Is this what we look like when we are standing and talking to our children??? This picture just made me think of this. :)
A major part of discipline is learning how to talk with children. The way you talk to your child teaches him how to talk to others. Here are some talking tips we have learned with our children:
2. Address the childOpen your request with the child's name, "Lauren, will you please..."
3. Stay briefWe use the one-sentence rule: Put the main directive in the opening sentence. The longer you ramble, the more likely your child is to become parent-deaf. Too much talking is a very common mistake when dialoging about an issue. It gives the child the feeling that you're not quite sure what it is you want to say. If she can keep you talking she can get you sidetracked.
4. Stay simpleUse short sentences with one-syllable words. Listen to how kids communicate with each other and take note. When your child shows that glazed, disinterested look, you are no longer being understood.
5. Ask your child to repeat the request back to youIf he can't, it's too long or too complicated.
6. Make an offer the child can't refuseYou can reason with a two or three-year-old, especially to avoid power struggles. "Get dressed so you can go outside and play." Offer a reason for your request that is to the child's advantage, and one that is difficult to refuse. This gives her a reason to move out of her power position and do what you want her to do.
7. Be positiveInstead of "no running," try: "Inside we walk, outside you may run."
8. Begin your directives with "I want."Instead of "Get down," say "I want you to get down." Instead of "Let Becky have a turn," say "I want you to let Becky have a turn now." This works well with children who want to please but don't like being ordered. By saying "I want," you give a reason for compliance rather than just an order.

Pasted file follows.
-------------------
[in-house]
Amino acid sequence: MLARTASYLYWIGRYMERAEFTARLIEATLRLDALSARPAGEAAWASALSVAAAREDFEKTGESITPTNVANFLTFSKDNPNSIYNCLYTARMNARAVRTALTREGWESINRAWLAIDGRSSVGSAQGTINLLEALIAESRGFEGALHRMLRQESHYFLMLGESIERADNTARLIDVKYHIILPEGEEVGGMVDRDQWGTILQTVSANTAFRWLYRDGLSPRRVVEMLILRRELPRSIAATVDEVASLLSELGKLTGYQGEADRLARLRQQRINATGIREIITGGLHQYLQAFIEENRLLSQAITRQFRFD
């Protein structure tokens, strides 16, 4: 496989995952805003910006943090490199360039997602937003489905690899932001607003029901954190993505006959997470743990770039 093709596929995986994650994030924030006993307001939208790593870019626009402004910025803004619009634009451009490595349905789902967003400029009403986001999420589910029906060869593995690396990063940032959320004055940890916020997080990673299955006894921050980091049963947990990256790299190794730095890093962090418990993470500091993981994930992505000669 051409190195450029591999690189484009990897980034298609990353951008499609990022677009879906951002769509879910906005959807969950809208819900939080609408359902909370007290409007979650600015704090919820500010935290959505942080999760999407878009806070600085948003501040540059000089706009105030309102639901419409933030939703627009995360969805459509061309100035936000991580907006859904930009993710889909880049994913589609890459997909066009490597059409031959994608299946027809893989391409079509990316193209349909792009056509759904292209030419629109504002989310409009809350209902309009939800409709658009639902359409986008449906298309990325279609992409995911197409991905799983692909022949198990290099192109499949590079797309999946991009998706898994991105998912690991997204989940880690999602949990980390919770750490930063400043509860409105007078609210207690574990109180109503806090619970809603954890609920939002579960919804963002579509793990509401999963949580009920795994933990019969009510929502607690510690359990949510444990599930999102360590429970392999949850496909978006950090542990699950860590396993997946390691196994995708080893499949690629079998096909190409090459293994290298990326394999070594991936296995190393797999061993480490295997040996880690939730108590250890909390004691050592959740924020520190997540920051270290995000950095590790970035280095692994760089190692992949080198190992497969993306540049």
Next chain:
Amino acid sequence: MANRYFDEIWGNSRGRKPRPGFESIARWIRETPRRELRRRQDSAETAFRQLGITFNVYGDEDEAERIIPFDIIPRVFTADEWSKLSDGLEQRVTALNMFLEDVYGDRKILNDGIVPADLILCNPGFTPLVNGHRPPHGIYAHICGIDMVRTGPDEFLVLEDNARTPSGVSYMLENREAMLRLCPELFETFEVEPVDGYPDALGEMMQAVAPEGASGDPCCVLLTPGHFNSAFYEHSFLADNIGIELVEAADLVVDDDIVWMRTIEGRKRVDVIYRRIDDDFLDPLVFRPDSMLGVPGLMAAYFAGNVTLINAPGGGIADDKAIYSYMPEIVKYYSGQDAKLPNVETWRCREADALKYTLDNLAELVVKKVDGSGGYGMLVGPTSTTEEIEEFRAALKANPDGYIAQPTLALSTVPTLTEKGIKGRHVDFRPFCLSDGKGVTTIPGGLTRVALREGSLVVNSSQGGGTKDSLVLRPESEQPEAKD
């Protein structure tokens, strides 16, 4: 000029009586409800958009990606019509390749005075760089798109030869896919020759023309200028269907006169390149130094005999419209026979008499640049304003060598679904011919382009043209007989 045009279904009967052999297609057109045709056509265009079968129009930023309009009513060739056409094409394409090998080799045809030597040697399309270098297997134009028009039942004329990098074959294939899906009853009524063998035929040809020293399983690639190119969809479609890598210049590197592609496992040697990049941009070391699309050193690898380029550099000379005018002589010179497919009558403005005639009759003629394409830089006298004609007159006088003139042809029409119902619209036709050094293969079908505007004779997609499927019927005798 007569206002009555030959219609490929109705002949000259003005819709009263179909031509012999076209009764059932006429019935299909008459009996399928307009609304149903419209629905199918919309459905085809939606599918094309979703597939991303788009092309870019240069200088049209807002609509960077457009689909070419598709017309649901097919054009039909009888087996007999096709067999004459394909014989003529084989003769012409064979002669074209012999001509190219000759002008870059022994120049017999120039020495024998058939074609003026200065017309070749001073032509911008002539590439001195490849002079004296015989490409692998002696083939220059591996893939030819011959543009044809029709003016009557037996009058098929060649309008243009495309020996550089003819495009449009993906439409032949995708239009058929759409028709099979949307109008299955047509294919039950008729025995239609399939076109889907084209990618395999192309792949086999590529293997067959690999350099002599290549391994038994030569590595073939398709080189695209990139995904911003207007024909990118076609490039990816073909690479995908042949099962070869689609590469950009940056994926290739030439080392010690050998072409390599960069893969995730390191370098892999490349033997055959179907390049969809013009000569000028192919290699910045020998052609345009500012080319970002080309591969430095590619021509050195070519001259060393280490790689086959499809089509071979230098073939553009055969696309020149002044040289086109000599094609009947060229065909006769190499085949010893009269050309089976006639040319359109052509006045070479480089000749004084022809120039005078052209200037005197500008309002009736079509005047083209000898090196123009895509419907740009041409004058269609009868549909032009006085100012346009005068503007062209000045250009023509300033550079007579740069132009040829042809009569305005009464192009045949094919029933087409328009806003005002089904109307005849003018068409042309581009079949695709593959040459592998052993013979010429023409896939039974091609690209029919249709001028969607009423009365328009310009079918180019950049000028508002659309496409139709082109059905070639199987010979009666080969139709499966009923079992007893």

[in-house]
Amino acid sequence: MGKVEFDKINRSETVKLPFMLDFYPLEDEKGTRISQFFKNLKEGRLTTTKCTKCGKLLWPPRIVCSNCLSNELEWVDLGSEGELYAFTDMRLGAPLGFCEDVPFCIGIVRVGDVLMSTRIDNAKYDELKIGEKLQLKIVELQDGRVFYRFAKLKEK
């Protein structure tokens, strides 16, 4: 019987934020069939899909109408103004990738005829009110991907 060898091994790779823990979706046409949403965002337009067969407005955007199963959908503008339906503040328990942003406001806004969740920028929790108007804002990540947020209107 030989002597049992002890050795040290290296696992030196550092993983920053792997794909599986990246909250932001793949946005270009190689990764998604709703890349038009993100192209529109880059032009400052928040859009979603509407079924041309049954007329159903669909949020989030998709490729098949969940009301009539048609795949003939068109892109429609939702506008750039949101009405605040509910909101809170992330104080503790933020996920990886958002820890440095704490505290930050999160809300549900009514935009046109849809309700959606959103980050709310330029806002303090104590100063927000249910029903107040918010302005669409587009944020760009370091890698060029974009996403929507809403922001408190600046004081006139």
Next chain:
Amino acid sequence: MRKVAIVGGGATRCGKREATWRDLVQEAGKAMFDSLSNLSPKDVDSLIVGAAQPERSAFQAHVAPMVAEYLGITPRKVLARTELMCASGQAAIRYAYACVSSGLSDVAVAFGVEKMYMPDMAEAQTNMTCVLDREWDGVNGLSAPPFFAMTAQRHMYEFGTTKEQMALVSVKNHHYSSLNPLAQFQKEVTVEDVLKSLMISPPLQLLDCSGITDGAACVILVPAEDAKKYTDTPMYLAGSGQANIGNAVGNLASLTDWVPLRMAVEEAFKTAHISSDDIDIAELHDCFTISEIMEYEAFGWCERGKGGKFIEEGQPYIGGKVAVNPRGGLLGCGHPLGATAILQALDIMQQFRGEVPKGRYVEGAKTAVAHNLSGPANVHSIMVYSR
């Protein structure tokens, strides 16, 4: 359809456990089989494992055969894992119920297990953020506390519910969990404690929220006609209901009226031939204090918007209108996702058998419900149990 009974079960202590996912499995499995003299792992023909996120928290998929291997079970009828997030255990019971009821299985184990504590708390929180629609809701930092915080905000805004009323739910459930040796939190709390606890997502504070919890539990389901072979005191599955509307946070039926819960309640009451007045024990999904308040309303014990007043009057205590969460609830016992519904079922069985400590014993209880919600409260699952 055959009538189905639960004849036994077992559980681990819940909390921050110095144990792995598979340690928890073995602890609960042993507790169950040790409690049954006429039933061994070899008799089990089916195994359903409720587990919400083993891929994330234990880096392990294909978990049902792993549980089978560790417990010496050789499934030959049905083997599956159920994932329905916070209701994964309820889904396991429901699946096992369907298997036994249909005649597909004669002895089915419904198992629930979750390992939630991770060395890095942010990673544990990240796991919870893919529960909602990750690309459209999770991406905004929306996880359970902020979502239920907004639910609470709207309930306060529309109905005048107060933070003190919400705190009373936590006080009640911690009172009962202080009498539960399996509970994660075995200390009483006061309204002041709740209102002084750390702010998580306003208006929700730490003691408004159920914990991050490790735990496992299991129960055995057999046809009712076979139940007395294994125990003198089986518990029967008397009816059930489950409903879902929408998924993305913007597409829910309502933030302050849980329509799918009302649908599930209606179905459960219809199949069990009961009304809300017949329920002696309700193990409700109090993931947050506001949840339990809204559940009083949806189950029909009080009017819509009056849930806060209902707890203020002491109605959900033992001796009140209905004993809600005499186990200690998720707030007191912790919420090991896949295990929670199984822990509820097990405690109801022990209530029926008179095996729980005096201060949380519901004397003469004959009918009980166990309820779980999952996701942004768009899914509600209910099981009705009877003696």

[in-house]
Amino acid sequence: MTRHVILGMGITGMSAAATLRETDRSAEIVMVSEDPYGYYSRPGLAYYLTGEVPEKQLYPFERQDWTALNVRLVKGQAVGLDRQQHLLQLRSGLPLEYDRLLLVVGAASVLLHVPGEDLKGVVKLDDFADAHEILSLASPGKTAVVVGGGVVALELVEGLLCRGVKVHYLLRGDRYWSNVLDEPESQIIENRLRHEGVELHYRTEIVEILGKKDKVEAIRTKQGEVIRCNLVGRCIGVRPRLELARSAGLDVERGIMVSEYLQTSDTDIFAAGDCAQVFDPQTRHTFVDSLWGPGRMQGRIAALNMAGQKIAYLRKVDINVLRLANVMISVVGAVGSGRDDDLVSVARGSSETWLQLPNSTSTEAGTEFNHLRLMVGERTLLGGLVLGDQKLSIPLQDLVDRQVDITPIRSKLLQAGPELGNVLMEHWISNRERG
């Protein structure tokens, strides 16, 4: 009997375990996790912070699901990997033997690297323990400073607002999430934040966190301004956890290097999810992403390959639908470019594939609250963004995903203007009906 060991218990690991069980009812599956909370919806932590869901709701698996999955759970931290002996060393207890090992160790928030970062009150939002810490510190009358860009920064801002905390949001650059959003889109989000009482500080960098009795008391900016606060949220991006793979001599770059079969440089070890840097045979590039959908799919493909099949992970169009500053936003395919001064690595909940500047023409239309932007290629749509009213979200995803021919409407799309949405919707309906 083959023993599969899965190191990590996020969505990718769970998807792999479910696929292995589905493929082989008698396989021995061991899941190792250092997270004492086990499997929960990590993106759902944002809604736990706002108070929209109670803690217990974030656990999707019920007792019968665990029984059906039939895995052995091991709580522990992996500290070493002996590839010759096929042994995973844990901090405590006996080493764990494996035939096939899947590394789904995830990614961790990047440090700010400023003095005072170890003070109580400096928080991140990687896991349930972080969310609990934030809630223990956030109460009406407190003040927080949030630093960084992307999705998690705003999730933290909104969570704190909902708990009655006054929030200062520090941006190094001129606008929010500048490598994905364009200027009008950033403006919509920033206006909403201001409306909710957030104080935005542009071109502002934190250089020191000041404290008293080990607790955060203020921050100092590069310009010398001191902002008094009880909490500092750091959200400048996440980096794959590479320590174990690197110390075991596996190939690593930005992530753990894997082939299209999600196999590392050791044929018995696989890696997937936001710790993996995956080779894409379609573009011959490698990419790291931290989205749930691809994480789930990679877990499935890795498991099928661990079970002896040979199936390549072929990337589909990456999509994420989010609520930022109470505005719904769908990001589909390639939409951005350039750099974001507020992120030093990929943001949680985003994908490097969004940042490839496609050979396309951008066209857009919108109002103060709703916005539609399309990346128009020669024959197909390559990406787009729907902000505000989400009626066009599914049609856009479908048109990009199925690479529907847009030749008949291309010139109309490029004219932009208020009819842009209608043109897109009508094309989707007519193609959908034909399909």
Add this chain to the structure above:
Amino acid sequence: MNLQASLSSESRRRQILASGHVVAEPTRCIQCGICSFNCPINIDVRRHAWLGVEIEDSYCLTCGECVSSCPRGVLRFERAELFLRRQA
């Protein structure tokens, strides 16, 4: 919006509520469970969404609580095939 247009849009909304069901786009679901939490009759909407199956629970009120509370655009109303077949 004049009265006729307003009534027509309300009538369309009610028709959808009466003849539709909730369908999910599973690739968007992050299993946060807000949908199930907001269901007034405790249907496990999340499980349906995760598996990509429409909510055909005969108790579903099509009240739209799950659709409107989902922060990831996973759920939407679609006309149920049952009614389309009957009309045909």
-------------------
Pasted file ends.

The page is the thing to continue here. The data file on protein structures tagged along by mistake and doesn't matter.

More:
9. "When...then.""When you get your teeth brushed, then we'll begin the story." "When your work is finished, then you can watch TV." "When," which implies that you expect obedience, works better than "if," which suggests that the child has a choice when you don't mean to give him one.
10. Legs first, mouth secondInstead of hollering, "Turn off the TV, it's time for dinner!" walk into the room where your child is watching TV, join in with your child's interests for a few minutes, and then, during a commercial break, have your child turn off the TV. Going to your child conveys you're serious about your request; otherwise children interpret this as a mere preference.
11. Give choices"Do you want to put your pajamas on or brush your teeth first?" "Red shirt or blue one?"
12. Speak developmentally correctlyThe younger the child, the shorter and simpler your directives should be. Consider your child's level of understanding. For example, a common error parents make is asking a three-year- old, "Why did you do that?" Most adults can't always answer that question about their behavior. Try instead, "Let's talk about what you did."